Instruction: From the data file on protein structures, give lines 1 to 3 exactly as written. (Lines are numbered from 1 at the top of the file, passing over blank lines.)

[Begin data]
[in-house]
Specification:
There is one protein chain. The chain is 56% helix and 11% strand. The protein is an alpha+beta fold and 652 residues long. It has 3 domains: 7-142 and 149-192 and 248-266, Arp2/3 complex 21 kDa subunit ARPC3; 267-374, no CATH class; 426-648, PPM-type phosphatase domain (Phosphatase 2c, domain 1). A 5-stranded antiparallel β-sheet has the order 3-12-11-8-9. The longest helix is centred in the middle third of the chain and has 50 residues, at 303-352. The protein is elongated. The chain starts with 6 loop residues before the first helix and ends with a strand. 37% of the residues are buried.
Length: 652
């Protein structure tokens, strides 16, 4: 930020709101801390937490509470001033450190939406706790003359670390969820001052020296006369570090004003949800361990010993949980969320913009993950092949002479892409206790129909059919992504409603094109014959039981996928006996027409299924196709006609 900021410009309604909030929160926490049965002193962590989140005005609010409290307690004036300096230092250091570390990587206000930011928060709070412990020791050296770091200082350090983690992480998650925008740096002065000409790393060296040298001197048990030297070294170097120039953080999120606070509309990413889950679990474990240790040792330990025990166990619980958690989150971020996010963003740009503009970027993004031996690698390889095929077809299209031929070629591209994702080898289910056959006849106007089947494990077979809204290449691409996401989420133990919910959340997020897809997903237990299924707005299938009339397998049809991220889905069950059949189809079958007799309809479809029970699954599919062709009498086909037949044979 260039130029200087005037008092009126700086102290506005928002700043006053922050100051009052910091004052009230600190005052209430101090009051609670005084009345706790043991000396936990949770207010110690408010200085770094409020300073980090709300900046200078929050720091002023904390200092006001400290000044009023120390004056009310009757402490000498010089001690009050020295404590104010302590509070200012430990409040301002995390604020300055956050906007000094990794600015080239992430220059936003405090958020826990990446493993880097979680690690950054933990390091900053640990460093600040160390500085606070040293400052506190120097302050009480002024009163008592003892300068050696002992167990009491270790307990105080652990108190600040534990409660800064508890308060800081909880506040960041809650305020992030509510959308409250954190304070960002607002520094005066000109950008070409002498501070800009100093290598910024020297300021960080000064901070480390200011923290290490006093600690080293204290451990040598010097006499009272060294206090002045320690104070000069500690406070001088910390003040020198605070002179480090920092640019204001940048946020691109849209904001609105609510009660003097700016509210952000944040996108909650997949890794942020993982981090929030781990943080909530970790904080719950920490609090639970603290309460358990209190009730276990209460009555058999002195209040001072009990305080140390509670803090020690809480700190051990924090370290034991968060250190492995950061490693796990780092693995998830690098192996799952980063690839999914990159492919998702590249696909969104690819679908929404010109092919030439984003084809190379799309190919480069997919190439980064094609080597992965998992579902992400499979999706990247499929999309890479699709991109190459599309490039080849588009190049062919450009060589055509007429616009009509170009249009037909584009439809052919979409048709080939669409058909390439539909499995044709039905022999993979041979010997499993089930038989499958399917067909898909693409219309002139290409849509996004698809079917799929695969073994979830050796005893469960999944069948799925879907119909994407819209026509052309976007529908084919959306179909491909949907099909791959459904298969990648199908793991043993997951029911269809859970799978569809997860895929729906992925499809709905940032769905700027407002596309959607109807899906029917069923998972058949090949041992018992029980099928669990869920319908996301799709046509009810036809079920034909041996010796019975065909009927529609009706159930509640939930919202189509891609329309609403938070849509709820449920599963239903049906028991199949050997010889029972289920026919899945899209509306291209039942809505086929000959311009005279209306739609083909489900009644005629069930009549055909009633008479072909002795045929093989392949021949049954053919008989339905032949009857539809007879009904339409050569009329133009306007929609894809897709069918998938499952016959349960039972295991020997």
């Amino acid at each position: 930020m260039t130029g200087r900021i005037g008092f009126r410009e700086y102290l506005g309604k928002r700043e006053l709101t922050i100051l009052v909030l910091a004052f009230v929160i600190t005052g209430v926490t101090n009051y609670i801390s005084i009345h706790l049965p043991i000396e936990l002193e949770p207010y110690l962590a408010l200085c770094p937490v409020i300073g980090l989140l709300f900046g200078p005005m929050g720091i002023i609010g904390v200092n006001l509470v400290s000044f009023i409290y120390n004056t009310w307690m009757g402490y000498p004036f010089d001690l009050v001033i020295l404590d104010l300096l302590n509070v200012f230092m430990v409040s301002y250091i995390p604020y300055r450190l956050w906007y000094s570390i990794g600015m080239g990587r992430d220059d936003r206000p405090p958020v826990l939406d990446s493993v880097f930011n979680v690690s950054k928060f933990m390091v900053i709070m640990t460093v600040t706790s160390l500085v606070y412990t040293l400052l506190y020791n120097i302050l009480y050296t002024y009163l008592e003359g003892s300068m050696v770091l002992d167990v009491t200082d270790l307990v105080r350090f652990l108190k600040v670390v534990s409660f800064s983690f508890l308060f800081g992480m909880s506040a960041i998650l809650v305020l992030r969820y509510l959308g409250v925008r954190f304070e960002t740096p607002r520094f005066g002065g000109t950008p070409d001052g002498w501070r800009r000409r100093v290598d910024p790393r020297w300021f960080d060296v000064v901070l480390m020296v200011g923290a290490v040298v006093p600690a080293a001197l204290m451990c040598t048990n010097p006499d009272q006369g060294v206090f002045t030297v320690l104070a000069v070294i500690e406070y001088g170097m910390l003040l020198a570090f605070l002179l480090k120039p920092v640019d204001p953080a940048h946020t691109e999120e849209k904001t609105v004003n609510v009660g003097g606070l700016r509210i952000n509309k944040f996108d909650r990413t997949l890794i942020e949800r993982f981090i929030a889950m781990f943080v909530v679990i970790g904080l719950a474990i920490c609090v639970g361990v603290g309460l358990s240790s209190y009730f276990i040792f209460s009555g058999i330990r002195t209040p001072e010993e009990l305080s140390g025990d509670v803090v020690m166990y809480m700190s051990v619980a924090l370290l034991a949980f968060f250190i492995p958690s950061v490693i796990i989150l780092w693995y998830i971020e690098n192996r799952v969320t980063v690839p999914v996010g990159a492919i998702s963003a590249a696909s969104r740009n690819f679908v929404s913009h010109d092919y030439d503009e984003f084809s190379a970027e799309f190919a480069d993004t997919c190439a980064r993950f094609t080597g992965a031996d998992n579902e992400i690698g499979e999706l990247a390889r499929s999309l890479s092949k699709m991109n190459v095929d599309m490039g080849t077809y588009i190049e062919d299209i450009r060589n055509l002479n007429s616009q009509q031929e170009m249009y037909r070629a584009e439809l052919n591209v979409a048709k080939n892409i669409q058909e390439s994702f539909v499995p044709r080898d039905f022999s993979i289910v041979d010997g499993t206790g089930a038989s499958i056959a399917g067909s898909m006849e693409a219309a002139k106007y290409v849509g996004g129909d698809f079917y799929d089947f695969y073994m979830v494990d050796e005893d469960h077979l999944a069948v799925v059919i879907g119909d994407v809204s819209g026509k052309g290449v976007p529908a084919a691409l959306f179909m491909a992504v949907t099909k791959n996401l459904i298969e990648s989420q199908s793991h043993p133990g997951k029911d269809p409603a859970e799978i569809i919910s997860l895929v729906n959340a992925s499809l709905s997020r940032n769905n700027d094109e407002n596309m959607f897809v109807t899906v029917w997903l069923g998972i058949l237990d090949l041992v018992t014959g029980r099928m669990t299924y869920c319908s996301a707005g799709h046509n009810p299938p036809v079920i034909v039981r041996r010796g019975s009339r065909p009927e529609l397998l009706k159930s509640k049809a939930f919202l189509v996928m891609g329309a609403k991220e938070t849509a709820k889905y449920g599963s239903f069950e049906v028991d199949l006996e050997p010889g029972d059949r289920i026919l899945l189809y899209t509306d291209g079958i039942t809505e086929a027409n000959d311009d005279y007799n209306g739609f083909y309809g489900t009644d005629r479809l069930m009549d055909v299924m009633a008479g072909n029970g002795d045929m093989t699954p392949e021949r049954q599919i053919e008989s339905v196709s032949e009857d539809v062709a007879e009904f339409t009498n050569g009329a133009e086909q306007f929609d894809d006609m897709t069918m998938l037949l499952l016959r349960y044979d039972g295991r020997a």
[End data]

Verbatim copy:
[in-house]
Specification:
There is one protein chain. The chain is 56% helix and 11% strand. The protein is an alpha+beta fold and 652 residues long. It has 3 domains: 7-142 and 149-192 and 248-266, Arp2/3 complex 21 kDa subunit ARPC3; 267-374, no CATH class; 426-648, PPM-type phosphatase domain (Phosphatase 2c, domain 1). A 5-stranded antiparallel β-sheet has the order 3-12-11-8-9. The longest helix is centred in the middle third of the chain and has 50 residues, at 303-352. The protein is elongated. The chain starts with 6 loop residues before the first helix and ends with a strand. 37% of the residues are buried.